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More than anything, sacks are sinking the 0-2 Seahawks

NFL: Seattle Seahawks at Chicago Bears
some of these things are not in the proper place
Mike DiNovo-USA TODAY Sports

The easy joke about the Seattle Seahawks’ offensive showing in Chicago Week 2 is that it was fully described in the eighth word of this opening sentence.

There were few positives to glean from a 24-17 loss that was decidedly not as close as the final score indicates. Catastrophic first half, fourth-quarter turnovers, poor tempo, ineffective passing, questionable choices from the quarterback and the coaching staff — all the nits of various sizes and shapes are there to pick after a frankly dispiriting defeat.

One important stat that explains much: sacks. Through two games, the Seahawks defense has generated three, while the offense has given up 12. (Not a great use of the number 12, guys.)

But other NFL defenses are deficient in their sack-making abilities, too! A quick glance at the bottom of the sack leaderboard shows that Seattle has company.

23rd (tie): Dolphins, Patriots, Saints, Seahawks, Texans, Washington, all with 3

29th (tie): Chiefs, Raiders, Rams all with 2

32nd (no tie): Giants with 1

Look at those teams’ records — you don’t have to get sacks to win. The other nine teams listed above are 9-9 so far. Yes, including the truly hapless Giants.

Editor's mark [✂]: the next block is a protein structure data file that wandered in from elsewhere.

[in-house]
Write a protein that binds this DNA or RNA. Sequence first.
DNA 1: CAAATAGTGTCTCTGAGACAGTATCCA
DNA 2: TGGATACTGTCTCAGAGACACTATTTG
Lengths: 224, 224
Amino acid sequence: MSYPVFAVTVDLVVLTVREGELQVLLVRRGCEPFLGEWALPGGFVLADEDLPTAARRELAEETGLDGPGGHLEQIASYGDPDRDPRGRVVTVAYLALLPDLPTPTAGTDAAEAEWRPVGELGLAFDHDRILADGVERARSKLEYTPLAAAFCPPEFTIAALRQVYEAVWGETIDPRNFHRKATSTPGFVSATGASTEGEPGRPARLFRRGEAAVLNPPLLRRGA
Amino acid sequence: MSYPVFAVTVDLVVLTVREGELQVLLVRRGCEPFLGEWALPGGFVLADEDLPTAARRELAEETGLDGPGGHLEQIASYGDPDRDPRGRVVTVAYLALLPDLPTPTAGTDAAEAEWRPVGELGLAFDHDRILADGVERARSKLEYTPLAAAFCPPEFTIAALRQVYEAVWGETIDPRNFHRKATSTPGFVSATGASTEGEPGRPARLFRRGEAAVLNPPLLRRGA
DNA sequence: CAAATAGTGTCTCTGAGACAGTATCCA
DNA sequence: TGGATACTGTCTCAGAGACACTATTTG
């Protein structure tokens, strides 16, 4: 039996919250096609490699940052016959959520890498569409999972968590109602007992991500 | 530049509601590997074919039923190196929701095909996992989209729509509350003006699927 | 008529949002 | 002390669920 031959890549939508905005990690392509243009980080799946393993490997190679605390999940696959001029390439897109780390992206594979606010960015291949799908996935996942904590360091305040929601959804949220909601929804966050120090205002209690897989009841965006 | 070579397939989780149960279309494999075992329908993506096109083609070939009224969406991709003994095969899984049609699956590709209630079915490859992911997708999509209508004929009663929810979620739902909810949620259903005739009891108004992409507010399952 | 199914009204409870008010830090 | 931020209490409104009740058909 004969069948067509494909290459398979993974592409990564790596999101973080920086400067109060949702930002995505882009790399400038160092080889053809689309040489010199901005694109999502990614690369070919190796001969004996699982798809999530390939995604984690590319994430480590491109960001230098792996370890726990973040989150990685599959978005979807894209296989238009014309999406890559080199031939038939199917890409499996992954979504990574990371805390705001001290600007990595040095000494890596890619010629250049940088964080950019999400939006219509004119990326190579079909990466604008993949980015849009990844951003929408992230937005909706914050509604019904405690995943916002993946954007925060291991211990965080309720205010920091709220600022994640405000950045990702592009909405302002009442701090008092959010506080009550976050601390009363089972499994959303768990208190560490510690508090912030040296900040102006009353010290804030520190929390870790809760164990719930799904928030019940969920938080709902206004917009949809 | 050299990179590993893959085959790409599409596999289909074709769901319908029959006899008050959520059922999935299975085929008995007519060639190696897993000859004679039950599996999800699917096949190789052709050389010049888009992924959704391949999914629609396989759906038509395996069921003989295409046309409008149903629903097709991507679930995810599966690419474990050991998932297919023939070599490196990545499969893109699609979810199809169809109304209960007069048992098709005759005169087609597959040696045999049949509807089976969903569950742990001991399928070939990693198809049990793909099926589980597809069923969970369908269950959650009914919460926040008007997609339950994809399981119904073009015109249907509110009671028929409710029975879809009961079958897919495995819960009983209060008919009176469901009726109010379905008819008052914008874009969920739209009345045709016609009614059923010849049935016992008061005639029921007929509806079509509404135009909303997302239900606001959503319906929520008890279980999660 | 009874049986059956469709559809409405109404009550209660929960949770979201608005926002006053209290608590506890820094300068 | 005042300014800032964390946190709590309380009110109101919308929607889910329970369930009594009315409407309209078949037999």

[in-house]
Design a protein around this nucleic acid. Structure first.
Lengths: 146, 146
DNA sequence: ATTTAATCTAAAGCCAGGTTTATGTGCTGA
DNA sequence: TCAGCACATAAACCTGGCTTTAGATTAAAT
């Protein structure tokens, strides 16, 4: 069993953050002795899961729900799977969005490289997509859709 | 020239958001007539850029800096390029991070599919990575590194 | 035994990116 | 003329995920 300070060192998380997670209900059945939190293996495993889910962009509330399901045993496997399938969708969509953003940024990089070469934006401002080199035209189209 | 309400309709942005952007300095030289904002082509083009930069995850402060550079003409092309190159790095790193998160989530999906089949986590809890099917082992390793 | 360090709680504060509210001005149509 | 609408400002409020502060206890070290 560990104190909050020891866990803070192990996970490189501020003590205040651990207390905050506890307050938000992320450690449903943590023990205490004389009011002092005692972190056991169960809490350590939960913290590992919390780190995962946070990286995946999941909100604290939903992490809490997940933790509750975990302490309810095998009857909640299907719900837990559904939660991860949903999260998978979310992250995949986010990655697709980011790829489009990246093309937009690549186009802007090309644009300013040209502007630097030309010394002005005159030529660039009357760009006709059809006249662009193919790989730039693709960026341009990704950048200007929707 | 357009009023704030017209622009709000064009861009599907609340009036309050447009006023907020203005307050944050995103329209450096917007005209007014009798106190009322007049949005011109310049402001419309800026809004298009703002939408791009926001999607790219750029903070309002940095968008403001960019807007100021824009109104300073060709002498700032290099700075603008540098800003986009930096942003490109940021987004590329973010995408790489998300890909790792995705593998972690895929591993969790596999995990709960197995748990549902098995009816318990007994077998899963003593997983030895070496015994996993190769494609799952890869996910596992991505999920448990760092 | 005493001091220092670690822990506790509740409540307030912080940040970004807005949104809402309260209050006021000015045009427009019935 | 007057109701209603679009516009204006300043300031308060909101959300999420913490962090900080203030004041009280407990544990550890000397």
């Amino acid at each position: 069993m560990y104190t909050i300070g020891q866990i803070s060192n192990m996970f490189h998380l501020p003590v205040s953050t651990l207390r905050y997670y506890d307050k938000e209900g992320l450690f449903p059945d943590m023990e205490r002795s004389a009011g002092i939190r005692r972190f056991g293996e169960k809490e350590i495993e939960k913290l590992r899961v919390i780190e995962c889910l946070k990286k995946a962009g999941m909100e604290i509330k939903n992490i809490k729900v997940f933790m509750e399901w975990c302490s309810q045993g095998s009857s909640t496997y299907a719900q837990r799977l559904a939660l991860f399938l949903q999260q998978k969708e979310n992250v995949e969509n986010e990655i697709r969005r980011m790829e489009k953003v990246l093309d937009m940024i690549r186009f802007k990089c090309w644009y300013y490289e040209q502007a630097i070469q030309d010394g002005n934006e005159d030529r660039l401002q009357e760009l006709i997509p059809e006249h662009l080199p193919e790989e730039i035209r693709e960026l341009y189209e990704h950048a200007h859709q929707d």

Problem is, the sack statistic gets especially dire for the Seahawks in the differential. Having allowed 12, Seattle sits at -9 on the season, somehow -9 after only two games. It’s the worst mark in the league. The Bills and the Giants are the Seahawks’ nearest “competitors” in sack differential, both at -7. Like the Seahawks, they’re also not winning.

No other NFL team has a differential worse than -4. Seattle’s an outlier, a terrible outlier.

The Seahawks have allowed a sack 14.8 percent of the time on offense. It’s important to recognize that they weren’t this bad in 2017, just 7.29 percent, which was middle-of-the-road, so there’s still time in 2018 to make adjustments, and to make regression to the mean work for them.

You can assign blame to all the actors: the quarterback, the coordinator, the line, the opposition. Assign it in the proportions you prefer. They’re all guilty to some extent.

In addition to the sack numbers, the Seahawks’ offensive ineptitude can be partly explained by them having played both games on the road, a fact you knew already. It’s still important to recognize that the Seattle offense, and its offensive line (there’s that word again!) haven’t operated in a friendly environment together. That’ll help. However, if they continue to hemorrhage sacks while failing to compensate on the defensive end, it’ll be a long season.